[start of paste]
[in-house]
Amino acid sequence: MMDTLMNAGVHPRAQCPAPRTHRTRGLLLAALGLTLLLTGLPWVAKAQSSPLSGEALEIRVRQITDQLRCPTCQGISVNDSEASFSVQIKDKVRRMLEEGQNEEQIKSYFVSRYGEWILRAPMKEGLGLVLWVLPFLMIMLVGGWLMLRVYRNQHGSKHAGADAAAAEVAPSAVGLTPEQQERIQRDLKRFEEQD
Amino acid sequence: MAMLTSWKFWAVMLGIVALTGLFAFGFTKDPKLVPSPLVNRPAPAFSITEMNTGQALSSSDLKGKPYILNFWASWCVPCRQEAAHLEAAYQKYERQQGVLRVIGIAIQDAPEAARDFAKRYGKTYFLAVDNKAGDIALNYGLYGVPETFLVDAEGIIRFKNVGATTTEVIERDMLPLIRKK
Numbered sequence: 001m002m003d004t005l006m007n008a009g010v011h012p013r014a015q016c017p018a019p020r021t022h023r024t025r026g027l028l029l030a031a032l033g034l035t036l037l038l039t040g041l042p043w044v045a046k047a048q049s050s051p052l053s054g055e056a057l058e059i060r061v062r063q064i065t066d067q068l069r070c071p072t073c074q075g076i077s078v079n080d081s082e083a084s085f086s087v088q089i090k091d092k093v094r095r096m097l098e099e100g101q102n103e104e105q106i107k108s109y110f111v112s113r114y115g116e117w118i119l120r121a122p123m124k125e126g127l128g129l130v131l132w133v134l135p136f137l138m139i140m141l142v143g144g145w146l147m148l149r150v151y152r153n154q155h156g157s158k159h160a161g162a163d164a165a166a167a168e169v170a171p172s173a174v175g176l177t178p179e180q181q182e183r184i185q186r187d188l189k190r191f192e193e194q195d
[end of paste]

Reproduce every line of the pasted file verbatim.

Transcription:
[in-house]
Amino acid sequence: MMDTLMNAGVHPRAQCPAPRTHRTRGLLLAALGLTLLLTGLPWVAKAQSSPLSGEALEIRVRQITDQLRCPTCQGISVNDSEASFSVQIKDKVRRMLEEGQNEEQIKSYFVSRYGEWILRAPMKEGLGLVLWVLPFLMIMLVGGWLMLRVYRNQHGSKHAGADAAAAEVAPSAVGLTPEQQERIQRDLKRFEEQD
Amino acid sequence: MAMLTSWKFWAVMLGIVALTGLFAFGFTKDPKLVPSPLVNRPAPAFSITEMNTGQALSSSDLKGKPYILNFWASWCVPCRQEAAHLEAAYQKYERQQGVLRVIGIAIQDAPEAARDFAKRYGKTYFLAVDNKAGDIALNYGLYGVPETFLVDAEGIIRFKNVGATTTEVIERDMLPLIRKK
Numbered sequence: 001m002m003d004t005l006m007n008a009g010v011h012p013r014a015q016c017p018a019p020r021t022h023r024t025r026g027l028l029l030a031a032l033g034l035t036l037l038l039t040g041l042p043w044v045a046k047a048q049s050s051p052l053s054g055e056a057l058e059i060r061v062r063q064i065t066d067q068l069r070c071p072t073c074q075g076i077s078v079n080d081s082e083a084s085f086s087v088q089i090k091d092k093v094r095r096m097l098e099e100g101q102n103e104e105q106i107k108s109y110f111v112s113r114y115g116e117w118i119l120r121a122p123m124k125e126g127l128g129l130v131l132w133v134l135p136f137l138m139i140m141l142v143g144g145w146l147m148l149r150v151y152r153n154q155h156g157s158k159h160a161g162a163d164a165a166a167a168e169v170a171p172s173a174v175g176l177t178p179e180q181q182e183r184i185q186r187d188l189k190r191f192e193e194q195d